It is fortunate that the use of the bomb should have been upon the Japanese rather than upon the white races of Europe.
– William Lyon Mackenzie King, Prime Minister of Canada (August 6, 1945, uncensored diaries)
On July 28, 1931 the first shipment of uranium was loaded onto a small craft at LaBine Point, on the eastern shore of Sahtú (Great Bear Lake, McTavish Arm), NWT | Public Archives of Canada C-23960
By KIM PETERSEN*
Few Canadians know of Canada’s link to Little Boy, the so-christened uranium bomb that exploded over Hiroshima, and Fat Man, the plutonium bomb that devastated Nagasaki. Not only were Japanese citizens expendable in the nuclear holocaust, but the “Canadian Genocide Machine”  wreaked long-lasting damage on the Original Peoples in the Arctic. Continue reading
Canadian government hands over key advisory and decision-making power to super cartel | PETER EWART
The unfolding worldwide pandemic is bringing with it a profound financial crisis. How the crisis will be dealt with is a question on the minds of working people around the world. In Canada, working people face the additional complication that as yet, they do not set the direction of the economy, which is controlled by a financial oligarchy and governments in their service.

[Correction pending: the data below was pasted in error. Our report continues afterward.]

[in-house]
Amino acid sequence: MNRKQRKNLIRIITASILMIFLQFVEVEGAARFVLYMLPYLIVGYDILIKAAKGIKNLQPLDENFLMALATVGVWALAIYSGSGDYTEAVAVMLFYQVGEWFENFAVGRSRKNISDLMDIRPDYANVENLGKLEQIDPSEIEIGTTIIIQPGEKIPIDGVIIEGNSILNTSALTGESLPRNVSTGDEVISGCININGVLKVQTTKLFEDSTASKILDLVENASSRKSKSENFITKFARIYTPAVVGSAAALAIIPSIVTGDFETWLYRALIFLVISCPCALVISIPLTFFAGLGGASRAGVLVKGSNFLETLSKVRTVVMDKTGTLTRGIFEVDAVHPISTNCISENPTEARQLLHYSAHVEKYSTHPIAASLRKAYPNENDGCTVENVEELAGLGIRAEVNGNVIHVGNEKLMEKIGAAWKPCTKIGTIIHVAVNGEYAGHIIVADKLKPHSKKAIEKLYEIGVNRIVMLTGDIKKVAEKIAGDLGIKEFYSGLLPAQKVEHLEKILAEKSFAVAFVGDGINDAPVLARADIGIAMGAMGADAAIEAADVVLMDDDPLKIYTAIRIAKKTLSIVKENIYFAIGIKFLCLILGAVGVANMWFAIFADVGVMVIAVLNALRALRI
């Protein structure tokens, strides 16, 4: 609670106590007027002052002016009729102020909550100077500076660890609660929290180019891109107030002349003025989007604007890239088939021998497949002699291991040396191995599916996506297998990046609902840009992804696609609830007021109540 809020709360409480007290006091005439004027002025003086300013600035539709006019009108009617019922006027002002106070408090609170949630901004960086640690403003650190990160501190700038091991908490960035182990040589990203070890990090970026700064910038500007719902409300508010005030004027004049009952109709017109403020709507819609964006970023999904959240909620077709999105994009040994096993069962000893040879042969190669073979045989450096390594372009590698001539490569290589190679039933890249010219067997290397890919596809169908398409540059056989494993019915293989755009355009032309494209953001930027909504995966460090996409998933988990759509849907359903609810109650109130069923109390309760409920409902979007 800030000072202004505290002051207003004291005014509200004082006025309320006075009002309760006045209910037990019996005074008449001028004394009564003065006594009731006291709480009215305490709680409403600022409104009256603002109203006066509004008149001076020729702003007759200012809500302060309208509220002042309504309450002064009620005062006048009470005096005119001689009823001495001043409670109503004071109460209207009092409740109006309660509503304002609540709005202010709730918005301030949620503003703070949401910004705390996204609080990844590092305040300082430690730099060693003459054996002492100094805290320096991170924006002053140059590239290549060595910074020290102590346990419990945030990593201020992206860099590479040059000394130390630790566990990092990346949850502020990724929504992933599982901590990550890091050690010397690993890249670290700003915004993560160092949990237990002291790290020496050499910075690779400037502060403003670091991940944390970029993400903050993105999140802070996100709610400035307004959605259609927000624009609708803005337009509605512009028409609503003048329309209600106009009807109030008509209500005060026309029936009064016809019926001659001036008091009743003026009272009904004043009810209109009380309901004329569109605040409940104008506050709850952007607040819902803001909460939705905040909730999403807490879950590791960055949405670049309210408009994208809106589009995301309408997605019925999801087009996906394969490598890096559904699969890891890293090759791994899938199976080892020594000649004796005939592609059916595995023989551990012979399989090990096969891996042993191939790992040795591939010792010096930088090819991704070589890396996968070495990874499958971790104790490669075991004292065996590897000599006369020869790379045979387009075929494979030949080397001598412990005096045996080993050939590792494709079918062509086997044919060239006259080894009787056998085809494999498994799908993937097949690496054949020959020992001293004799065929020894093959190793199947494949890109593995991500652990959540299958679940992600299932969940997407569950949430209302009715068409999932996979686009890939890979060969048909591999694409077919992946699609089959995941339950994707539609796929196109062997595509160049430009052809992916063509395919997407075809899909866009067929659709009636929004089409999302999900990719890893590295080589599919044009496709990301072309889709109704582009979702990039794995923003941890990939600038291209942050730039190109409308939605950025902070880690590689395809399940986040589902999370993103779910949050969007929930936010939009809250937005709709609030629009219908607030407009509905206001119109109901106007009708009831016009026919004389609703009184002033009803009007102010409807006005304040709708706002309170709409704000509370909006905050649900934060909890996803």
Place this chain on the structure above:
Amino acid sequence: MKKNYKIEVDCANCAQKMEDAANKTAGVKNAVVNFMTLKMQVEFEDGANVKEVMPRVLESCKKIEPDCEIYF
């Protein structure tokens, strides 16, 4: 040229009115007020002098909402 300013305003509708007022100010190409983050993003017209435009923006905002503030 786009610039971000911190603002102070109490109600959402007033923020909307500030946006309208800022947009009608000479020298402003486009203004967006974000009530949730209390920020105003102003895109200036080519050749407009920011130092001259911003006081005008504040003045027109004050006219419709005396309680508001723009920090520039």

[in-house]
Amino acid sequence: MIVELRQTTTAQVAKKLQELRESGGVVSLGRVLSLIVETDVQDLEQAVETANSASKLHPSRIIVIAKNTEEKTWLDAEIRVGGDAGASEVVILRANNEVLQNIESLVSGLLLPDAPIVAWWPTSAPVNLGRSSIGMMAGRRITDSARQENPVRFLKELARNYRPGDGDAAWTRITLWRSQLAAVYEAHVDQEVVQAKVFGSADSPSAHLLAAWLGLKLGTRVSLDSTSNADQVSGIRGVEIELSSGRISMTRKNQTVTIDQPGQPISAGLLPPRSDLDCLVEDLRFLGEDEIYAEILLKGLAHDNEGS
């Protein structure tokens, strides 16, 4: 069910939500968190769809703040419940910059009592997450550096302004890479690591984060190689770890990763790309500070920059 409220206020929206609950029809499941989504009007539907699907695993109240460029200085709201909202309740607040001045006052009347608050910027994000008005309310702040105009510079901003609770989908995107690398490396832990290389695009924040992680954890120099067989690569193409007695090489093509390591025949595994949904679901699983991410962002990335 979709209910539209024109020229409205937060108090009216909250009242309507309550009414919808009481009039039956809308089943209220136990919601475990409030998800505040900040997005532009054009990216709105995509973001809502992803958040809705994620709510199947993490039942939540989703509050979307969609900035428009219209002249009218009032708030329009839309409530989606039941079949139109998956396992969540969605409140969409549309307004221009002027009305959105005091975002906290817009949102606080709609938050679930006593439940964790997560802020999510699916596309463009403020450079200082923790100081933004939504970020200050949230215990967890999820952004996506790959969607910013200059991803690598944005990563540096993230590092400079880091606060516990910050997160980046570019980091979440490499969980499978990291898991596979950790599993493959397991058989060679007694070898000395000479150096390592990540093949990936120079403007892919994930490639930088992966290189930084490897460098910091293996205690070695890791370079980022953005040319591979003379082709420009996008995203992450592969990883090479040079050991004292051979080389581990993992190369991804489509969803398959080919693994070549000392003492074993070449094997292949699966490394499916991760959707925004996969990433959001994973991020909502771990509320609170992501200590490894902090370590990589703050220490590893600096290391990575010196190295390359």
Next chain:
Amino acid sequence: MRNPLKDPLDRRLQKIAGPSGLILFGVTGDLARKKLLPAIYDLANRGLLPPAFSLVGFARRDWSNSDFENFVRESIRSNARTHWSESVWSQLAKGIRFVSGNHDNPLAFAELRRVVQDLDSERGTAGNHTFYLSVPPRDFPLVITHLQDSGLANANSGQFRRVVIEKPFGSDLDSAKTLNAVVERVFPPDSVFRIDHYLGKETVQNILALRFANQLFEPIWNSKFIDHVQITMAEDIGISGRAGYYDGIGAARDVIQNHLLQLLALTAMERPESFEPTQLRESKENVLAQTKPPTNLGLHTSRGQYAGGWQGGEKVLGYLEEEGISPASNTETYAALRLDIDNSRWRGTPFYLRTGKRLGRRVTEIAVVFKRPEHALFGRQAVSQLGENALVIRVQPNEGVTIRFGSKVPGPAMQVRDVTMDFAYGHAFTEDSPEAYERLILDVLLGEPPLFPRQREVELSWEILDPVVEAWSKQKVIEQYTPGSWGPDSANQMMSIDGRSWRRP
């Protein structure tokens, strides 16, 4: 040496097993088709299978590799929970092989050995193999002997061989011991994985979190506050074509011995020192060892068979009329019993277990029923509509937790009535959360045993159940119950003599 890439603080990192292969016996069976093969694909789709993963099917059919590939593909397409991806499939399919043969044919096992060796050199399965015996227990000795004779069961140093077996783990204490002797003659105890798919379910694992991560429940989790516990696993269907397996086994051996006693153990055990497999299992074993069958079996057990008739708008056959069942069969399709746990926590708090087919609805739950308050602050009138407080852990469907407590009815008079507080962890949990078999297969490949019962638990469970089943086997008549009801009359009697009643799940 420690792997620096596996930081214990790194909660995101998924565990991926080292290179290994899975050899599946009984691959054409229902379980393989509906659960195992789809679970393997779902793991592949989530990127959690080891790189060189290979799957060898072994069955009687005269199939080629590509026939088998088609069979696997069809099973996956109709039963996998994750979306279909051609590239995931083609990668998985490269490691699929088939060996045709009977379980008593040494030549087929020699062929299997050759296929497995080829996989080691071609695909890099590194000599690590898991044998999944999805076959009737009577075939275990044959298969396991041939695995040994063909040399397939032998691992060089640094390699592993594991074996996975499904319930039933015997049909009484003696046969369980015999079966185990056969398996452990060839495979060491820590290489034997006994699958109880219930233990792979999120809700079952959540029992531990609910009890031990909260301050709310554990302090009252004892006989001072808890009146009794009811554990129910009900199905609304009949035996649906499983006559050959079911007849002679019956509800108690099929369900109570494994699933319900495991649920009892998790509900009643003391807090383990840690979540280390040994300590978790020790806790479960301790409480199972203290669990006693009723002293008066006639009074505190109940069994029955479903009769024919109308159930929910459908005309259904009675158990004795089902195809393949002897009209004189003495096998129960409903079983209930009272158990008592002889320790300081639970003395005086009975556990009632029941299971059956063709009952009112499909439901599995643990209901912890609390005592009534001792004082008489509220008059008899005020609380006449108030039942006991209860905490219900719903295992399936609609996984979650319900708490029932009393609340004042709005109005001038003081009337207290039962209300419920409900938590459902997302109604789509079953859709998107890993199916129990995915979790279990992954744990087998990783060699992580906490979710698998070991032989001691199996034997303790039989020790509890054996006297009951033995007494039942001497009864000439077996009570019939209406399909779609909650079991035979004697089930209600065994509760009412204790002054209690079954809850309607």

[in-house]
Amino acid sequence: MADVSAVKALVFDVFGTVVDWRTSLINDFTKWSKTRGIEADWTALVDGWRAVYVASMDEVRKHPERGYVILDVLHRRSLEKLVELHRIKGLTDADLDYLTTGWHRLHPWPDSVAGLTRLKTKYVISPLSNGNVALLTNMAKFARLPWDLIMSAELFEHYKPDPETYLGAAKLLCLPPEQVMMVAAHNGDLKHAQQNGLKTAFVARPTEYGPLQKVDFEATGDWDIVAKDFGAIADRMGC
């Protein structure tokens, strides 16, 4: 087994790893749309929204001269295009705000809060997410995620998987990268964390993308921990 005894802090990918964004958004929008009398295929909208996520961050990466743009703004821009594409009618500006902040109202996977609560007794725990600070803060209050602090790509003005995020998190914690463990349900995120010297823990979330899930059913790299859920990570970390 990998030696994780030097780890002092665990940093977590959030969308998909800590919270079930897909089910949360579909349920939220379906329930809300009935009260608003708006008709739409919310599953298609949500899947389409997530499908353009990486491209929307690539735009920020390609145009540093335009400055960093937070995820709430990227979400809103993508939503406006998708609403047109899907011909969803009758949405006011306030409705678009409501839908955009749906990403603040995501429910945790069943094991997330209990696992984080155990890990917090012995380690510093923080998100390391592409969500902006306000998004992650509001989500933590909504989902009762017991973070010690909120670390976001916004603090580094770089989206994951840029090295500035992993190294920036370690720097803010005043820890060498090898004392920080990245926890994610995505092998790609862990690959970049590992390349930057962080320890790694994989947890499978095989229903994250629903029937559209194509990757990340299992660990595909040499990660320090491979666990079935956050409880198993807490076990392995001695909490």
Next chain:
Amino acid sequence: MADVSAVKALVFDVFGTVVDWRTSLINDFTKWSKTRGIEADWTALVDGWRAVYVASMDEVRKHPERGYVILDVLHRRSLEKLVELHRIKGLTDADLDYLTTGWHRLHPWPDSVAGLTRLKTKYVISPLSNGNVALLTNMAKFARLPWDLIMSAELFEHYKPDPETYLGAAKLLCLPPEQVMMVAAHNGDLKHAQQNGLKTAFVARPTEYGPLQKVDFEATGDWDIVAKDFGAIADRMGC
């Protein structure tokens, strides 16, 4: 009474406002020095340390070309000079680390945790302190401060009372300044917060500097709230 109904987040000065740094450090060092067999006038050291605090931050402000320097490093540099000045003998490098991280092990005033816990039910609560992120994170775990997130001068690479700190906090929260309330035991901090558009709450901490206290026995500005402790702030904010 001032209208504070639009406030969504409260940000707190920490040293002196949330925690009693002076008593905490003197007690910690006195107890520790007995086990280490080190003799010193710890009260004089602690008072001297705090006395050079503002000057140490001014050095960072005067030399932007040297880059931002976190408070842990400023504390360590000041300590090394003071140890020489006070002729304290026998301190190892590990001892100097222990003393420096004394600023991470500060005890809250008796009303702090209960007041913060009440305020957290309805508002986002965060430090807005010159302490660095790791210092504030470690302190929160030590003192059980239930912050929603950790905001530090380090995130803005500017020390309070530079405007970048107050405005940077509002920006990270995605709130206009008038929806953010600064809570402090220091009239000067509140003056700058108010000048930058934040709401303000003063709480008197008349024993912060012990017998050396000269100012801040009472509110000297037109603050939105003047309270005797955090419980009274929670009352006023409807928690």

A financial crisis is itself nothing new; crises are inherent to the capitalist system espoused by the financial oligarchy. To prop itself up, as the financial oligarchy lurches from crisis to crisis, its instruments and forms of organization mutate and change, like creatures from the Black Lagoon. For example, out of the crises and corruption of the late 19th century came the merging of banking and industrial capital and the giant trusts and monopolies of the Robber Barons. And out of a cabal of leading U.S bankers on Jekyll Island in 1910 rose the Federal Reserve. In the 1990s, came the financial de-regulation of the banking sector and the welding back together, Frankenstein-style, of investment and commercial banking which contributed in a negative way to the sub-prime mortgage crisis and the Great Recession of 2008. And most recently, there is the “warm and fuzzy” statement from the U.S. Business Roundtable that the big corporations are responsible to all stakeholders, rather than the previous Milton Friedman configuration of only being accountable to shareholders. Continue reading